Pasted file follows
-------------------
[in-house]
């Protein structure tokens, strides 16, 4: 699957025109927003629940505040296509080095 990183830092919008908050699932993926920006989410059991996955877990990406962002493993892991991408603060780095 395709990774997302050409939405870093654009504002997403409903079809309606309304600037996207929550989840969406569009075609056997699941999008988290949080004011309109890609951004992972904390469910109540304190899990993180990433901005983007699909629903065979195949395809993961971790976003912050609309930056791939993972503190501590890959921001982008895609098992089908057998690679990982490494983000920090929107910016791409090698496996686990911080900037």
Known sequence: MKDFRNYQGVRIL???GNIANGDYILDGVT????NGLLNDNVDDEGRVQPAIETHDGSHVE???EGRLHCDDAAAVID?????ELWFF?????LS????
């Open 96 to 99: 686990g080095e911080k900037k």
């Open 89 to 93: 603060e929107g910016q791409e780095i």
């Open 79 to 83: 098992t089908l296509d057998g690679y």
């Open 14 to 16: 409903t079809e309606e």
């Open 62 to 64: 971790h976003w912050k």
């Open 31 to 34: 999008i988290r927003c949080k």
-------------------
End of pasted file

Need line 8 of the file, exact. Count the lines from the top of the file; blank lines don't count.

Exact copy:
């Open 62 to 64: 971790h976003w912050k």